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Cyanocobalamin injections 500 mcg 1 ml – [10 ampoules]


Vitamin b12

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Cyanocobalamin Pharmacodynamics
Vitamin B12. In the body (mainly in the liver) it is converted into methylcobalamin and 5-deoxyadenosylcobalamin. Methylcobalamin is involved in the transformation of homocysteine into methionine and S-adenosylmethionine – the key metabolic reactions of pyrimidine and purine bases (and therefore DNA and RNA). If the vitamin is deficient in this reaction, it can be replaced by methyltetrahydrofolic acid, with impaired folic metabolic reactions. 5-deoxyadenosylcobalamin serves as a cofactor in the isomerization of L-methylmalonyl-CoA into succinyl-CoA, an important reaction in carbohydrate and lipid metabolism.
Vitamin B 12-deficiency leads to impaired proliferation, rapidly dividing cells of hematopoietic tissue and epithelium, as well as to impaired formation of myelin sheath of neurons.


Conditions involving vitamin B12 deficiency: B12-deficiency anemia, in the treatment of anemia (including iron deficiency, post-hemorrhagic, aplastic, anemia caused by toxic substances and / or drugs).
In complex therapy:
In neurology: neuralgia (including trigeminal neuralgia), polyneuropathy (including alcoholic).
With prophylactic purpose – when prescribing biguanides, PASK, ascorbic acid in high doses, gastric and intestinal pathology with impaired absorption of vitamin B12 (resection of the stomach, small intestine, Crohn’s disease, malabsorption syndrome, sprue), radiation sickness.


Contraindications .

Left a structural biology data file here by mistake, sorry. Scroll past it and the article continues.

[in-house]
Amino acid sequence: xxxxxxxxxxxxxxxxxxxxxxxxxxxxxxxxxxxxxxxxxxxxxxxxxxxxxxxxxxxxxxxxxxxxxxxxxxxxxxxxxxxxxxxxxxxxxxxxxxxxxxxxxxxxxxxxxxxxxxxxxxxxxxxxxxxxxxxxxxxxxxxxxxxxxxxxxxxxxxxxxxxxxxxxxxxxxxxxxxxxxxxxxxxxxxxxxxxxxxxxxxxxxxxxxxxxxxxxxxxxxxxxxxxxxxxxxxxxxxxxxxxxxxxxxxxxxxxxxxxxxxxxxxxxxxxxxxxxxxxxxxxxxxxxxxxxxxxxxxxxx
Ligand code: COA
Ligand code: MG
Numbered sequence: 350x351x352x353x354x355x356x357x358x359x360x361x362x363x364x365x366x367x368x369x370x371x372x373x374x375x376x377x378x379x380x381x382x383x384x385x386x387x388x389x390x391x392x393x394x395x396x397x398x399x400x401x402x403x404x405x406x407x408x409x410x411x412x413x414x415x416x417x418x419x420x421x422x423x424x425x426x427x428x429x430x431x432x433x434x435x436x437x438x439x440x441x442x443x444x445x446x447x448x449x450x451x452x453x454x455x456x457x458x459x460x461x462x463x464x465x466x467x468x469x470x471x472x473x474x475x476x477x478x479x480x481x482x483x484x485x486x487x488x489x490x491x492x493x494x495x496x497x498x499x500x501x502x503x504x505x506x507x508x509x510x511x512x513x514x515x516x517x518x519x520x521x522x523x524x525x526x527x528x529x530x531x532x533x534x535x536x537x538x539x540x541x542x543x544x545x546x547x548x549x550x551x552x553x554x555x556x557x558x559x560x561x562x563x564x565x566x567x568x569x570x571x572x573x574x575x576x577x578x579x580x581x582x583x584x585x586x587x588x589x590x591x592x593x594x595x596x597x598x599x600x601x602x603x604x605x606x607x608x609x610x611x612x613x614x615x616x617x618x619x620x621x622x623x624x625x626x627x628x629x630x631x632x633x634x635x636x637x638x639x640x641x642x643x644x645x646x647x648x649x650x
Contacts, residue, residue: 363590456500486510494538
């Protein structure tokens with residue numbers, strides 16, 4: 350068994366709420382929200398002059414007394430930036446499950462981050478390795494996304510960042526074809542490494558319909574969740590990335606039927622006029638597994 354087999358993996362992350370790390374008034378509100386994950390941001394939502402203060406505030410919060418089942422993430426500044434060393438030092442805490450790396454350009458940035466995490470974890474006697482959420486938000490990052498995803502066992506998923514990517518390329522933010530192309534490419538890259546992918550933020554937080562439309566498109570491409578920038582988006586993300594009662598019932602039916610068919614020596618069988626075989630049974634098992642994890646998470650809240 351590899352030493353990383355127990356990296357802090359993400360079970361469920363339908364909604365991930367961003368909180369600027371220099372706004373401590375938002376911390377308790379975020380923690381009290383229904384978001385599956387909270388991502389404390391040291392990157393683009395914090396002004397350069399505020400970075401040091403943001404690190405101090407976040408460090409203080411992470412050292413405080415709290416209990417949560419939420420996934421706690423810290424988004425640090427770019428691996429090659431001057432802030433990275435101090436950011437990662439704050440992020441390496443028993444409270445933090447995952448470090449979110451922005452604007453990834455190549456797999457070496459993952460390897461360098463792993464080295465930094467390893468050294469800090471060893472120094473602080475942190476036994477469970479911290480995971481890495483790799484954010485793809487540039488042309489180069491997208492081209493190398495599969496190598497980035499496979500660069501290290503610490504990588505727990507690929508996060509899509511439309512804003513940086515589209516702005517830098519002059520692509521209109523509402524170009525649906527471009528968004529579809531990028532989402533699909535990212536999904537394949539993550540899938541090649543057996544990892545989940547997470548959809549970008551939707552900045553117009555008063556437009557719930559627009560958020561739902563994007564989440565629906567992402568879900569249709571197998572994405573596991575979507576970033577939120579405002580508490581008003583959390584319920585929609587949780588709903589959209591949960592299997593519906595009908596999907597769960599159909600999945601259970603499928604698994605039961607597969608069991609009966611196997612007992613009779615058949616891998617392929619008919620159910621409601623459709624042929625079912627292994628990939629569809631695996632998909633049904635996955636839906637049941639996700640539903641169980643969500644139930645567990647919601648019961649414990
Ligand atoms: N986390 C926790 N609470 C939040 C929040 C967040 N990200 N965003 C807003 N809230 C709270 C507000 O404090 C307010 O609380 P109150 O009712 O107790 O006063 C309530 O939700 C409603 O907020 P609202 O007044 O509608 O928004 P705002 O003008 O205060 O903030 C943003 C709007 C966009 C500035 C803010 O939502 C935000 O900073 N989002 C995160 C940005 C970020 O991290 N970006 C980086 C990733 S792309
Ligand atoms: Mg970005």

Hypersensitivity to the components of the drug, thromboembolism, erythraemia, erythrocytosis, pregnancy (there are separate indications of the possible teratogenic effect of B-group vitamins in high doses), lactation.
Angina, benign and malignant tumors, accompanied by megaloblastic anemia and vitamin B12 deficiency, a tendency to blood clots.


Dosage and administration method
  • Cyanocobalamin is used subcutaneously, intramuscularly, intravenously.
  • Subcutaneously, in B12-deficiency anemia – 100-200 micrograms / day every other day; in B12-deficiency anemia with compounds of nervous system disorders – 400-500 micrograms / day in the first week – daily, then with intervals between injections up to 5-7 days (folic acid is prescribed simultaneously); during remission, the maintenance dose – 100 micrograms / day 2 times a month, if there are neurological symptoms – 200-400 micrograms 2-4 times a month.
  • In acute post-hemorrhagic and iron deficiency anemia – 30-100 micrograms 2-3 times a week; in aplastic anemia, anemia caused by toxic substances and/or drugs – 100 micrograms until clinical and hematological improvement. In disorders of the nervous system – 200-400 micrograms 2-4 times a month.
  • In neurology: neuralgia (including trigeminal neuralgia), polyneuropathy (including alcohol) – 200-500 micrograms a day for 2 weeks.
  • For prophylactic purposes – 60-100 micrograms daily for 20-30 days.
  • To eliminate vitamin B12 deficiency, administer intramuscularly (v/m) or intravenously (v/v) 1 mg daily for 1-2 weeks.
  • Infants with alimentary anemia and prematurely born children injected subcutaneously 30 micrograms daily for 15 days.